Brimming with enthusiasm and false bravado. I told anyone that asked that I would smash this challenge, yet in my darkest heart, I was absolutely petrified to venture out on this fragile limb. I dealt with the fear in the only way I could. I accepted that everything bad was likely to happen – jetlag, exhaustion, cultural confusion, theft, sickness and inevitable failure through injury. It was a plan that could not possibly succeed, so it was clearly ridiculous to even try. Which was exactly why it could succeed – because I now had nothing to lose. Nothing ventured, nothing gained. And like any adventure, you really don’t have a clue how things will play out, especially on something of such huge scale. Fear has a way of dissipating when failure is a fixture. May as well have fun trying…

In a global crisis, it’s hard to get sponsorship for a crazy dream like that, one that would cost in excess of USD $100,000. I wasn’t going to let a trivial thing like money stop me though, so I had to sell my apartment, my car and everything else I owned, backing myself to make the project work. I weighed the risks and decided I was only really risking my own body and financial future. No one else would get hurt.

From Jan 1, 2010, I found my start line in Switzerland, then legged it through Dubai, Mumbai & Israel. Kicked around Europe, partied in Tokyo, smashed through the States, clocked up kilometers in Cyprus, Egypt, London & Paris. Sidestepped an Icelandic volcano and busted out the Boston Marathon. I climbed the Great Wall, danced across the Danube, ate up Argentinean World Cup fever, gazed at Rwandan Gorillas, ran with Spanish bulls, rocked out in Roskilde and high 5’d the big heads on Easter Island. And I drank too much in Morocco, Medoc, Montreal, Moscow, Madrid, Berlin, Belfast, Santiago & Scotland.

I ran. And ran. And ran.

Marathons every week, sometimes Saturday and Sunday. 100km ultras. Mountain races. Big city events. Monthly personal records. Monthly infections and injuries. Mostly alone. Mostly lonely. And it’s the loneliest moments that have had the most impact on my memories. On the bumpy ride to the forest in Western Mongolia. That day I wandered the streets of Havana, looking for a bed. Flying over South America as the sun sank away. Running through the poverty stricken streets of Mumbai. The most confronting of these occasions found me in Omsk, lying on a waiting room bench in a Soviet era Siberian train station of at 2am. Having just arrived, I had no bed, no language skills, no maps, no onward ticket, no frame of reference and no chance of leaving till daylight. I’d been terribly sick for a week, so I was sore and sad. But I had an epiphany. How bad could it really be, alone in a strange place like this? I had chosen to be here. I wanted this escape from the world. I was stressed, but I was also testing my resilience, looking for my outer limits. I was over halfway through the journey of a lifetime, not at my desk in Melbourne, or on my couch watching a portrayal of adventure. I was living it! I think removing yourself from the norm to challenge your own abilities and explore your own boundaries, will always take you to a new and better place. I won’t be rushing off to a risky war or anything soon, but in the last few years I’ve run across the Sahara, over the Austrian alps, around Mont-Blanc, along the border of India and Pakistan in events like Run The Rann. I’m still scared. But I don’t mind getting heading off on that lonely road to confront my fears. It’s always leading me to a more interesting place.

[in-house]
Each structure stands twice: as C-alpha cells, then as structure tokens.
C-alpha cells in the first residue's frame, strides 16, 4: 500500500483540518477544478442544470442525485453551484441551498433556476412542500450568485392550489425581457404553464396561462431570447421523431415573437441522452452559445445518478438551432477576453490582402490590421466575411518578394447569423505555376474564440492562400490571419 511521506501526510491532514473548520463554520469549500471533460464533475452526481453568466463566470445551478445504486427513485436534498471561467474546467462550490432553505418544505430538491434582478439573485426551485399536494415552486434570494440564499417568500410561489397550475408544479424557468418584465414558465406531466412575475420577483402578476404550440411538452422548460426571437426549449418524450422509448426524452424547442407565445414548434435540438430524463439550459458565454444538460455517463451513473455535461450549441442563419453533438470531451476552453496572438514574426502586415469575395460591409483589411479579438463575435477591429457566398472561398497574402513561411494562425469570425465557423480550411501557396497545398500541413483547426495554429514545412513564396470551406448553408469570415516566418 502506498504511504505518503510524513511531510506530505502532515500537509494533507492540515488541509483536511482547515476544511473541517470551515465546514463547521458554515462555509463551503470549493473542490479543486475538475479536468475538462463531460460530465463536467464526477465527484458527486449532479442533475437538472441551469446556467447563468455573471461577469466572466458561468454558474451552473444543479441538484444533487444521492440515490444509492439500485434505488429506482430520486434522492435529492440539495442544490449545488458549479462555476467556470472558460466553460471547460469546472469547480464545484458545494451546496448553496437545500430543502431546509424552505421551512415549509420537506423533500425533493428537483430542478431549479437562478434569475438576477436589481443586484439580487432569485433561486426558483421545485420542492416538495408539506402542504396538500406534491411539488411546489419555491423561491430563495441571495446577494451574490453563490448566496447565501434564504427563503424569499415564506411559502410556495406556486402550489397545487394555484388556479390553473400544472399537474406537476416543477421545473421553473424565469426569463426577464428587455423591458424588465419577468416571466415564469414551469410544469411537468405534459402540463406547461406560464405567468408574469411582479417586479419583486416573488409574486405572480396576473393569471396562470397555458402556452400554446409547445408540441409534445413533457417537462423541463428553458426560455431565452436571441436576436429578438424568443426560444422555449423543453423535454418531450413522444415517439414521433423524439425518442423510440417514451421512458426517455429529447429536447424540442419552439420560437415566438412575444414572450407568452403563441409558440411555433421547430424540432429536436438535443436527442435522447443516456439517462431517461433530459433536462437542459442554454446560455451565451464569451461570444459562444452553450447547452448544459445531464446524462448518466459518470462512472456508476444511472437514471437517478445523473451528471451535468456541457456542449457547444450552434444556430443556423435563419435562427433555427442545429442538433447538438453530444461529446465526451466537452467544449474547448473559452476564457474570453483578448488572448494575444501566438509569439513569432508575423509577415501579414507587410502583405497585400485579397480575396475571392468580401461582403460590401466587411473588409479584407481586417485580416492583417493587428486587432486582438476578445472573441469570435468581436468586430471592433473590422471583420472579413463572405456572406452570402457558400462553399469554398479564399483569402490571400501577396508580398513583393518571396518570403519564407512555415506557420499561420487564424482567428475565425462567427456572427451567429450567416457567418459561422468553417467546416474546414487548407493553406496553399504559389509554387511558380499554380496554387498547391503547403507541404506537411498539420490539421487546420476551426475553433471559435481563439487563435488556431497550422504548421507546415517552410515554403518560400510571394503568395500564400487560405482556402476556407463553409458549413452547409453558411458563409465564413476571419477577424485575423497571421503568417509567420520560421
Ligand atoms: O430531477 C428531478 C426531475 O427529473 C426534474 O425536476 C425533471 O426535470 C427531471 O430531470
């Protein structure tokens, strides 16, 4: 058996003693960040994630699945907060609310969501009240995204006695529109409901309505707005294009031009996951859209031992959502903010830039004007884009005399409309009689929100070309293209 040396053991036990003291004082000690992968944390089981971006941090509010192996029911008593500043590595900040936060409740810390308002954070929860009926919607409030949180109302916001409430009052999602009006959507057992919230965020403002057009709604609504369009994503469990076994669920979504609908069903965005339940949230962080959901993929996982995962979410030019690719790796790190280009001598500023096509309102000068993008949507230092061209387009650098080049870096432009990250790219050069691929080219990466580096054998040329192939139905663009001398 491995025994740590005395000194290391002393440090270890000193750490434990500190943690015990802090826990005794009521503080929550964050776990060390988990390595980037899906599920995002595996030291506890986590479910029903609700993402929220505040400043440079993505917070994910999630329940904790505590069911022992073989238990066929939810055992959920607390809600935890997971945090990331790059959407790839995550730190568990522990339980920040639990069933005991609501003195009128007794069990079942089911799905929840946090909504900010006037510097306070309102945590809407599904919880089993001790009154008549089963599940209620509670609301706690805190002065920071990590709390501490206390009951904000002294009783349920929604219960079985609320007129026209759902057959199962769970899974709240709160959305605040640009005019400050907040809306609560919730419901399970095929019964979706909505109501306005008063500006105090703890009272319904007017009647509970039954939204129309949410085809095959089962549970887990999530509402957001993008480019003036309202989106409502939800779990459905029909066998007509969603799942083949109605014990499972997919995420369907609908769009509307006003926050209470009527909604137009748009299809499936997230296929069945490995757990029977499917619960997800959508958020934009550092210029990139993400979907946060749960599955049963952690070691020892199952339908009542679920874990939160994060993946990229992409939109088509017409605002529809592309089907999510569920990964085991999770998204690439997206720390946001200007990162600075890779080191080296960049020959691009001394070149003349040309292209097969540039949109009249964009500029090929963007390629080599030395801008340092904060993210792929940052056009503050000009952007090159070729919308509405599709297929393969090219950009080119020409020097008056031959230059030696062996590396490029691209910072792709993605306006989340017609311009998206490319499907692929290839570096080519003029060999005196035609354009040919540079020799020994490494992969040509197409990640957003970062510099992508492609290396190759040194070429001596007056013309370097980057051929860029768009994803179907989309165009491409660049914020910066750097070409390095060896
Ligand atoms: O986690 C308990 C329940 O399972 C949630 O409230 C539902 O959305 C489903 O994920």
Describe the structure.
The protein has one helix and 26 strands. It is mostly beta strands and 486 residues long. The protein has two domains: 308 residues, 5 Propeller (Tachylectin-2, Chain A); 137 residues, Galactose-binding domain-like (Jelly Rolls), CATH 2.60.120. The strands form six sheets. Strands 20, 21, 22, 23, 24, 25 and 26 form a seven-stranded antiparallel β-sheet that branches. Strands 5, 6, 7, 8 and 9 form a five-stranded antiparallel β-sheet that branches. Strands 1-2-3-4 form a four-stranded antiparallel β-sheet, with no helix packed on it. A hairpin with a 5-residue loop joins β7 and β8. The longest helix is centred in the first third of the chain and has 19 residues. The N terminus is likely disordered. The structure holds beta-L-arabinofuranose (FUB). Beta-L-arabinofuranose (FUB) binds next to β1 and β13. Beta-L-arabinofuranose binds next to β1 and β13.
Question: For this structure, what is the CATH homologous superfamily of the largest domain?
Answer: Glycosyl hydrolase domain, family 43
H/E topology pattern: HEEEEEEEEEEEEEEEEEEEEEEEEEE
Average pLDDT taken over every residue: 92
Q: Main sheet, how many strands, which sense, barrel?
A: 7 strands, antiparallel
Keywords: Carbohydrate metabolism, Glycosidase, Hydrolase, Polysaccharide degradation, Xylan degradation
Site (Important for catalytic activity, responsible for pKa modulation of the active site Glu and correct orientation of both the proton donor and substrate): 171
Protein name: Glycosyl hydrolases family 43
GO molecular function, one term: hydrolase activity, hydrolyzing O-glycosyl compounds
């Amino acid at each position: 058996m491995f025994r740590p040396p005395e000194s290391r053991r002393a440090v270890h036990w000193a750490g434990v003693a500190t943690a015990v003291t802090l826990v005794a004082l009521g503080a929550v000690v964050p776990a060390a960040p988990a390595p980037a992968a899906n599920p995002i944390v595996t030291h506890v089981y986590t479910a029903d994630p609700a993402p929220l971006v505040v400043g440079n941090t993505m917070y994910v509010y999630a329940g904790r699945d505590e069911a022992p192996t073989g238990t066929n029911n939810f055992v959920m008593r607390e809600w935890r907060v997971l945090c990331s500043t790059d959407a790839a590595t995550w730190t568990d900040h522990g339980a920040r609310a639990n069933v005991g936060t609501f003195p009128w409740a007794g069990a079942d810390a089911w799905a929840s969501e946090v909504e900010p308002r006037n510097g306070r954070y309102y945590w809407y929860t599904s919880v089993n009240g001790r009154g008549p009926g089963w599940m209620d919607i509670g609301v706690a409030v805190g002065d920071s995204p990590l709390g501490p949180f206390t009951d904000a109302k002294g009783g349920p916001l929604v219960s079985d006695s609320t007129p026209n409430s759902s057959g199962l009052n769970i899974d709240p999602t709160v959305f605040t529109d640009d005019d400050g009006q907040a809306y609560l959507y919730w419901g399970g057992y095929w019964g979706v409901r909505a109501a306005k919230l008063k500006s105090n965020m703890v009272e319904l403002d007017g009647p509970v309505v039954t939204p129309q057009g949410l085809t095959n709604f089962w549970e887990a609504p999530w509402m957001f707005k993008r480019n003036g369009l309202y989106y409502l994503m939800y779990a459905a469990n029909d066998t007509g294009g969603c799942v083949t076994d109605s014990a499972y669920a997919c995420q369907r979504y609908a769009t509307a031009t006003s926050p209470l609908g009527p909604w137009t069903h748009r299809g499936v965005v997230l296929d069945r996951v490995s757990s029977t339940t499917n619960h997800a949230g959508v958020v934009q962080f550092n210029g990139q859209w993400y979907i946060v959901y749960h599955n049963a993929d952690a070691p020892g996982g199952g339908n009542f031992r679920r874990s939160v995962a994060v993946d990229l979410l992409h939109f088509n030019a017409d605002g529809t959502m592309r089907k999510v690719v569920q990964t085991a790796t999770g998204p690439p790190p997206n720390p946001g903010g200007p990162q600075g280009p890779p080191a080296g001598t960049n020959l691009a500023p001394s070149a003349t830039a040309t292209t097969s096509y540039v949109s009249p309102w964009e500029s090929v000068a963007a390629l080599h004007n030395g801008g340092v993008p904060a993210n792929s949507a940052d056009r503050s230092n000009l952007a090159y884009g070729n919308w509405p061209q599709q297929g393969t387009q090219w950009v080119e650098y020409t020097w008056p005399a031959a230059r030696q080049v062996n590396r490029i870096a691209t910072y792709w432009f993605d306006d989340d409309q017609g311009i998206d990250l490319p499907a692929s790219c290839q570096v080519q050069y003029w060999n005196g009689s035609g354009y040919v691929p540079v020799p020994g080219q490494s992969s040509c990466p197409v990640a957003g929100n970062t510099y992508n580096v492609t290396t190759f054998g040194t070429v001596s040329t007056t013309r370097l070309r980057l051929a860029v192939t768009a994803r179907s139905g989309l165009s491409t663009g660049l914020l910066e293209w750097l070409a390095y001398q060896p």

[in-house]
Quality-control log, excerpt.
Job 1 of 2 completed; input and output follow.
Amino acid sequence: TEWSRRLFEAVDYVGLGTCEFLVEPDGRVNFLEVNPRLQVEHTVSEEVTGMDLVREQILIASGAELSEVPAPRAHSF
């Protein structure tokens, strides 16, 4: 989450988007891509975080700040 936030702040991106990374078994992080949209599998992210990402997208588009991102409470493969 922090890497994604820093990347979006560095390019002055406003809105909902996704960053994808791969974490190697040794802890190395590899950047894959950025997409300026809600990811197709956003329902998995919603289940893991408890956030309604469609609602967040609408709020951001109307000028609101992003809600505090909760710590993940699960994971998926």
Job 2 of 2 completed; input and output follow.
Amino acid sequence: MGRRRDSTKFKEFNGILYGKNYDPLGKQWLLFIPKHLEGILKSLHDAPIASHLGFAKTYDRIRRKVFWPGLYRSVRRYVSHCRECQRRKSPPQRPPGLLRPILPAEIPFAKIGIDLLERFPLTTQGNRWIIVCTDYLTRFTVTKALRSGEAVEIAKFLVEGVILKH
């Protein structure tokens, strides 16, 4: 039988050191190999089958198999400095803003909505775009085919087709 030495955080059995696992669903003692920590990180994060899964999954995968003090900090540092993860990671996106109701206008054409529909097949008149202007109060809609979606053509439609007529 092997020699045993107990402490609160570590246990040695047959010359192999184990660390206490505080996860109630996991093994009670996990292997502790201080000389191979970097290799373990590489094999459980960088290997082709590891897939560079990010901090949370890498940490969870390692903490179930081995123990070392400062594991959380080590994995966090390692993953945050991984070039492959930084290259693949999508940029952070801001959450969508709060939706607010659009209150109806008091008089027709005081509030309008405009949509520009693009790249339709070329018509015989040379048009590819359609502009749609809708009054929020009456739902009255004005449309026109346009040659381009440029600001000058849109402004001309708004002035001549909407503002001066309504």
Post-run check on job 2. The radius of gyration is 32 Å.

I’ve recently returned to “real life”, after a few years as a professional speaker and motivator. I’m settled in a new advertising job, with a lovely new wife. I don’t feel the need to escape anymore, but I won’t be resting on my laurels. Instead I find my way to at least one race start every month, somewhere in the world, pushing myself back to the edge to see what I’m made of. It’s a beautiful way to live and I’d recommend it to anyone. In fact, strap on your shoes sometime and come find me in this happy place – I’m the guy running an ultra with a cheeky smile splashed across his dial.  See you out there!

Feature Image © Tristan Miller

This story was part of the Running Column of The Outdoor Journal Summer 2014 edition of the print magazine